It makes a big difference whether we get a second season. The first season was fascinating (at least for anyone interested in traditional Japanese culture) but it doesn’t make a fully satisfactory story. It ends with the central tragedy that the title refers to, followed by a brief epilogue in the 1970s that leaves more loose ends than it resolves.
I’m sure that it’s not to everyone’s taste. The subject matter is pretty dark. It’s definitely not suitable for pre-teens. But the ending makes it all worthwhile.
If you’re in the mood for a taunt, well-written thriller you should check this out. (Unless you’re one of the aforementioned pre-teens. In that case wait until you’re older. You’ll thank me later.)
I know that some of the fans of the manga are upset that some parts of the original story were left out, but I think an anime adaptation should be judged on its own terms. As it is, it works very well. Perhaps it might have been even better if they had added another cour and put in all the scenes from the manga, but that’s far from certain. One of the most painful lessons that a writer must learn is the importance of making cuts. Generally it’s best to cut out everything that isn’t absolutely essential to the story.
Showa Genroku Rakugo Shinju (Crunchyroll) is the second most impressive new anime of this season, after ERASED. Both are serious dramas but with very different tones. ERASED begins on such a dark tragic note that it pretty much has to have a happy ending. Showa-Shinju has a much more whimsical tone, but we can be pretty sure that we are going to see some tragic events.
The story revolves around the Japanese art of Rakugo (traditional storytelling.) The artist, or rakugoka, sits on a bare stage and acts out the parts of all the characters in the story while remaining seated, using only a fan and a small cloth as props. The stories are long and whimsical and often somewhat bawdy.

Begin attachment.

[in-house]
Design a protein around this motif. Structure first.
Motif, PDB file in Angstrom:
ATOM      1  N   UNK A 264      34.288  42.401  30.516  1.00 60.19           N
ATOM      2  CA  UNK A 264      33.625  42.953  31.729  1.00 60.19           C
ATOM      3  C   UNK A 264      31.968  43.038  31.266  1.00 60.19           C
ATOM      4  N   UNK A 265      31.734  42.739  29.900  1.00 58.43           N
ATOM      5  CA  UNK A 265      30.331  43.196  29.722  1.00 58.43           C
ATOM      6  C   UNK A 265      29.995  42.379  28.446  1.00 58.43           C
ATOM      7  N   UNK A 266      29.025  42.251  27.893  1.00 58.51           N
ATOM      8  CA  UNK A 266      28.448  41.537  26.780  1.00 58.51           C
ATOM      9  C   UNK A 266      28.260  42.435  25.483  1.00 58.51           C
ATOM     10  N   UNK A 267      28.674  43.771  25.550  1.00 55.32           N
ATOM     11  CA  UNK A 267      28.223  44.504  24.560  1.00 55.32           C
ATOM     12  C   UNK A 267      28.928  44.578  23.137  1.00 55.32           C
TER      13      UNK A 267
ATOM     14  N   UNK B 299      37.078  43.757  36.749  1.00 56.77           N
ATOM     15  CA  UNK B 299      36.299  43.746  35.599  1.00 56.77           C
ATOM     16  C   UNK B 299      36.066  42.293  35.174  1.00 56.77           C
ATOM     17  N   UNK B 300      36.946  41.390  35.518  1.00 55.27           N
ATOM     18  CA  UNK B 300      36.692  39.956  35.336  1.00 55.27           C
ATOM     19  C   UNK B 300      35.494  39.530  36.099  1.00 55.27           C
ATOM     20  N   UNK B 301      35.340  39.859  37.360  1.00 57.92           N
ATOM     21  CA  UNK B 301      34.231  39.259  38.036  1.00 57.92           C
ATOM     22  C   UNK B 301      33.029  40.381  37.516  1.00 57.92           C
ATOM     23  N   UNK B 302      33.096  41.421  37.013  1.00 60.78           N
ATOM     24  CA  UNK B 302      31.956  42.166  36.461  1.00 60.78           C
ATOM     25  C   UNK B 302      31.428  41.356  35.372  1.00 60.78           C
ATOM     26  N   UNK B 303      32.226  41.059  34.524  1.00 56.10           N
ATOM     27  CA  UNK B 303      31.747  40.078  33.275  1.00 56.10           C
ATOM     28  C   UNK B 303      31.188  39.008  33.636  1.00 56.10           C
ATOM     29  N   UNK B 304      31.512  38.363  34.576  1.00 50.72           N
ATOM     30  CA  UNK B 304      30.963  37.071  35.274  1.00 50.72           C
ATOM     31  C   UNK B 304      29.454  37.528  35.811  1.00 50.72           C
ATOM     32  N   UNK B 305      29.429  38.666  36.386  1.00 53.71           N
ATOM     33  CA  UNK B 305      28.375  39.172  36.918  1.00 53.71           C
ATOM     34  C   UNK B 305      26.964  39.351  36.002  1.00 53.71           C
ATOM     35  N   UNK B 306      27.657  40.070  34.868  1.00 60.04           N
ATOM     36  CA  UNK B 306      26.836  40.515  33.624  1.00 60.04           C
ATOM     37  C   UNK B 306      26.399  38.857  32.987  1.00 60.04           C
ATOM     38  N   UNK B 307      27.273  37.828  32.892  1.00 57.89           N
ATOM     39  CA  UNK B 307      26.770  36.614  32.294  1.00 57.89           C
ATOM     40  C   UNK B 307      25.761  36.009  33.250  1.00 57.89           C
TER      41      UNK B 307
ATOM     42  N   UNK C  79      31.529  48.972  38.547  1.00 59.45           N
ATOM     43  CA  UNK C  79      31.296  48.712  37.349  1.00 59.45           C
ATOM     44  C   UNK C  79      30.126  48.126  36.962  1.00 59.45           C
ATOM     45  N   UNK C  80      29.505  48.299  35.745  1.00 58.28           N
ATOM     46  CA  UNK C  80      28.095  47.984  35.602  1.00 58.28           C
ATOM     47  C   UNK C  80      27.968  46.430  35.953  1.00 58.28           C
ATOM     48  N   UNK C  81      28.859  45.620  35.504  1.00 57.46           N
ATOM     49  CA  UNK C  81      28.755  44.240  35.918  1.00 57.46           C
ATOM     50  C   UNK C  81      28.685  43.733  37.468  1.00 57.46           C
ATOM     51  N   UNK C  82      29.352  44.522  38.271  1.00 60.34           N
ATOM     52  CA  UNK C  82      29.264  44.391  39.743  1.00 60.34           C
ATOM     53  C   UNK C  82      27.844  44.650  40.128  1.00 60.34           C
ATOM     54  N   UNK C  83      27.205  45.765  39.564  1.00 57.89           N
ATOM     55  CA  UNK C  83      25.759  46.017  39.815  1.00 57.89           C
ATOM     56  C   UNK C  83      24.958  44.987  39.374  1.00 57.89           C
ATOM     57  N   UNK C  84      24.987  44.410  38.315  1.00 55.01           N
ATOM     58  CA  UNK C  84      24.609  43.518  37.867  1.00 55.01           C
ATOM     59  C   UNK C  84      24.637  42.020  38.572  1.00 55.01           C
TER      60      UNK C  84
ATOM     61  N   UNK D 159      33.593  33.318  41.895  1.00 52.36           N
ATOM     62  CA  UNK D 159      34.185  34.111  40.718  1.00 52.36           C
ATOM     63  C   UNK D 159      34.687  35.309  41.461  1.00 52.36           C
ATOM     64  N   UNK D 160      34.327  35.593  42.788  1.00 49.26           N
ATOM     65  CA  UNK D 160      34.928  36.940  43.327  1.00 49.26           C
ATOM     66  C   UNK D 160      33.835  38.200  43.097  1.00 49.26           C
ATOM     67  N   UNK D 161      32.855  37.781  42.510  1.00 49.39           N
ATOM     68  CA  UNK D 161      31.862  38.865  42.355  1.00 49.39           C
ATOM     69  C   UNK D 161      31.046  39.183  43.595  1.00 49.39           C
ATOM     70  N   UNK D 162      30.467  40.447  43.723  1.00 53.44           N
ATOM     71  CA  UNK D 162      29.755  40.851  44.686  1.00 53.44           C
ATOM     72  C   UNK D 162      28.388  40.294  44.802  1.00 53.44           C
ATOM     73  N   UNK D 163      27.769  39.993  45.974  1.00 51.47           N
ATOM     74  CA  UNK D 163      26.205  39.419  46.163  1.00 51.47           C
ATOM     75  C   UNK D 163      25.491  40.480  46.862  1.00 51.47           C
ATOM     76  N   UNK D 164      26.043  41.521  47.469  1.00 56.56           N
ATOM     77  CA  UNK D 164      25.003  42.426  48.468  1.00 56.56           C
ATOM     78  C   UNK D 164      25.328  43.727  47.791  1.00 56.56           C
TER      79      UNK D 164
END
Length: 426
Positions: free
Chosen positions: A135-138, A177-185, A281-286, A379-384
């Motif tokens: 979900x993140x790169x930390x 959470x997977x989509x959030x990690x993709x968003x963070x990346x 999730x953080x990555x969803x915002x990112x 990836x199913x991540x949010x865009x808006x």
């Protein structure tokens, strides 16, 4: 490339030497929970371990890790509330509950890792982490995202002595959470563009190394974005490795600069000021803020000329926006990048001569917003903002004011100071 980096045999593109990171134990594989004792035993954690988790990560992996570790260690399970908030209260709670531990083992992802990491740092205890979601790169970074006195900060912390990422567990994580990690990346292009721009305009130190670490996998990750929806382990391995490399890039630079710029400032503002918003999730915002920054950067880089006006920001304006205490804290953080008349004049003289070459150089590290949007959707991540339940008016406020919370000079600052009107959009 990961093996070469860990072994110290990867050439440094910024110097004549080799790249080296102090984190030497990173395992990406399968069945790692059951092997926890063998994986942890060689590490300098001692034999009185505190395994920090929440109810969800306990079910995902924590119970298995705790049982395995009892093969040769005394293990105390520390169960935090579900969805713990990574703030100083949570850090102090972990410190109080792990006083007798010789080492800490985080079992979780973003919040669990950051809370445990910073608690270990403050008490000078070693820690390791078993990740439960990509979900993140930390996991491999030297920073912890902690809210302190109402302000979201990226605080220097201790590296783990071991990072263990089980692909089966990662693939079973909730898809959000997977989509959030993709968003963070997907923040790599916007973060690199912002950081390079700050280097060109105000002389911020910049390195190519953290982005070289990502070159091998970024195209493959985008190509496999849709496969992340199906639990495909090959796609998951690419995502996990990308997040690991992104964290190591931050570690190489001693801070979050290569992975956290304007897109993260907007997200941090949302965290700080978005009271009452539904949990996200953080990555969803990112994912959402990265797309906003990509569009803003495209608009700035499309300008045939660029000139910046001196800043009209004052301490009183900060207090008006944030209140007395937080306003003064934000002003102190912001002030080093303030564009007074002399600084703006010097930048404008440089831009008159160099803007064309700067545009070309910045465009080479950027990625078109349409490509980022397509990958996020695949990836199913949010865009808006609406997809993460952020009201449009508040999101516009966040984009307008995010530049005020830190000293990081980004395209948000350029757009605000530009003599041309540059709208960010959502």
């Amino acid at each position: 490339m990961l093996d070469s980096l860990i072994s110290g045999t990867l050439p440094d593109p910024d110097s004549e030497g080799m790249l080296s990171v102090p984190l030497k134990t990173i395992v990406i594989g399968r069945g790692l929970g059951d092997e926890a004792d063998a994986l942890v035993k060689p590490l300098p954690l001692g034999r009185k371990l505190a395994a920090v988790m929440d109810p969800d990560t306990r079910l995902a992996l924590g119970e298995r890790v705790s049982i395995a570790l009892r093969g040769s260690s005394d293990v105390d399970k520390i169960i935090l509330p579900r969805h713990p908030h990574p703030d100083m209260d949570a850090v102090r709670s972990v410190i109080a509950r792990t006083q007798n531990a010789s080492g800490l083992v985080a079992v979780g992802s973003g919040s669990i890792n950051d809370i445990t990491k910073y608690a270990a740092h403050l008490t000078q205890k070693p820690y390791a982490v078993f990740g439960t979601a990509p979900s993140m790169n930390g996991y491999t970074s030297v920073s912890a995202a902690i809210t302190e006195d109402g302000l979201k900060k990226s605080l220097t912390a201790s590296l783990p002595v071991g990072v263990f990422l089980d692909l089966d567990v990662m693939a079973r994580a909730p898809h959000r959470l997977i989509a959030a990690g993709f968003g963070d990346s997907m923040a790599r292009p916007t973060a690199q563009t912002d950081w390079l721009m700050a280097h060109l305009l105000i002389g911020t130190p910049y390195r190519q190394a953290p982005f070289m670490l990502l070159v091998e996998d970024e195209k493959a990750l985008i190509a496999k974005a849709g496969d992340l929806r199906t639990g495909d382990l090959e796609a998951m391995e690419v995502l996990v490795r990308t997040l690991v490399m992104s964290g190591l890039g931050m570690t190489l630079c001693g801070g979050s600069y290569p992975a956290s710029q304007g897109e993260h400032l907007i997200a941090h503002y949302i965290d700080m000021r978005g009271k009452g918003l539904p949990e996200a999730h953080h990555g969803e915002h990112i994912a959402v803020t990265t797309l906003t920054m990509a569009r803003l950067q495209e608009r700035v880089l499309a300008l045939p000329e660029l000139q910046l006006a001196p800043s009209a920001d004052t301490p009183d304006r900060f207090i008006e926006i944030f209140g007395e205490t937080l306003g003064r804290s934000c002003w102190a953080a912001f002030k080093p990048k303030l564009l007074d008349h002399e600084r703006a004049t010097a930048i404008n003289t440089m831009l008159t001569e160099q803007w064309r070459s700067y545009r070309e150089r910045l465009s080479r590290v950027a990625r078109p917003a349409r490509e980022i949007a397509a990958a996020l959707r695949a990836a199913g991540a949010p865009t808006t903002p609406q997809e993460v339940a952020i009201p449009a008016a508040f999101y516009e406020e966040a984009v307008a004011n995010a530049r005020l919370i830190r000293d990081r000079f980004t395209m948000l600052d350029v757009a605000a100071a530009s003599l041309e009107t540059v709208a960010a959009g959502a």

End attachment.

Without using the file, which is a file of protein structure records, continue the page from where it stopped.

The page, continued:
The Winter 2016 anime season has several enjoyable shows but only a couple that might qualify as classics. The leading contender is ERASED (Crunchyroll). (I prefer the Japanese title: Boku Dake ga Inai Machi, “The Town Where Only I Am Missing.”)
This is a murder mystery with fantasy elements. It is rather dark but very compelling.
At this point I’ve had a chance to see at least one episode of all the shows I think I might be interested in. That really isn’t enough to tell whether a show is good or not but it’s sufficient to rule out some of the real turkeys (as well as some quality shows that just don’t appeal to me.) Anyway, for what it’s worth, these are the shows that I’m still keeping an eye on.
ERASED (Crunchyroll) is my number one pick so far, a smart, insightful fantasy-thriller. (The Japanese title is Boku Dake ga Inai Machi “The Town Where Only I Am Missing.”)
The hero is 29-year-old unsuccessful manga artist. He has the unique ability, when he witnesses a tragedy, to pop back in time just far enough to possibly prevent it. But when his mother is murdered by a serial killer he finds himself sent back to his childhood with the implied mission to save all of the killer’s victims.